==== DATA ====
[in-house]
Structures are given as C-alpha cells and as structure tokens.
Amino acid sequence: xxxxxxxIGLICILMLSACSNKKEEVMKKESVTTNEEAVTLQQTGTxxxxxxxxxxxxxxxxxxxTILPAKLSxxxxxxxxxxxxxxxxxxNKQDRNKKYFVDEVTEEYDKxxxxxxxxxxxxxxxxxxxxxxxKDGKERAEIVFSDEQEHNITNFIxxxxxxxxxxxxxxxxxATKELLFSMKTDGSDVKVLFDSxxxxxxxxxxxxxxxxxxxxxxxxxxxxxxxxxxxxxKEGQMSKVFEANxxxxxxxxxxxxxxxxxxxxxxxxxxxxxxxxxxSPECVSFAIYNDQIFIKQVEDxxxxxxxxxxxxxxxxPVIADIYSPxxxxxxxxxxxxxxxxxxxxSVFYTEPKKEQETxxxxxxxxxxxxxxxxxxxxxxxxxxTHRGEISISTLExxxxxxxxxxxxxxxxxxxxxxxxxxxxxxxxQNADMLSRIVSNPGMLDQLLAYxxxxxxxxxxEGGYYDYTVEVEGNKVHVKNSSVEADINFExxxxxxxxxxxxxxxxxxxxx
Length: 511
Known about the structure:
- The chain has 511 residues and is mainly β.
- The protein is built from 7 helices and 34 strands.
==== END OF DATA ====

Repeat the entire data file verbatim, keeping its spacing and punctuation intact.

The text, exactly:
[in-house]
Structures are given as C-alpha cells and as structure tokens.
Amino acid sequence: xxxxxxxIGLICILMLSACSNKKEEVMKKESVTTNEEAVTLQQTGTxxxxxxxxxxxxxxxxxxxTILPAKLSxxxxxxxxxxxxxxxxxxNKQDRNKKYFVDEVTEEYDKxxxxxxxxxxxxxxxxxxxxxxxKDGKERAEIVFSDEQEHNITNFIxxxxxxxxxxxxxxxxxATKELLFSMKTDGSDVKVLFDSxxxxxxxxxxxxxxxxxxxxxxxxxxxxxxxxxxxxxKEGQMSKVFEANxxxxxxxxxxxxxxxxxxxxxxxxxxxxxxxxxxSPECVSFAIYNDQIFIKQVEDxxxxxxxxxxxxxxxxPVIADIYSPxxxxxxxxxxxxxxxxxxxxSVFYTEPKKEQETxxxxxxxxxxxxxxxxxxxxxxxxxxTHRGEISISTLExxxxxxxxxxxxxxxxxxxxxxxxxxxxxxxxQNADMLSRIVSNPGMLDQLLAYxxxxxxxxxxEGGYYDYTVEVEGNKVHVKNSSVEADINFExxxxxxxxxxxxxxxxxxxxx
Length: 511
Known about the structure:
- The chain has 511 residues and is mainly β.
- The protein is built from 7 helices and 34 strands.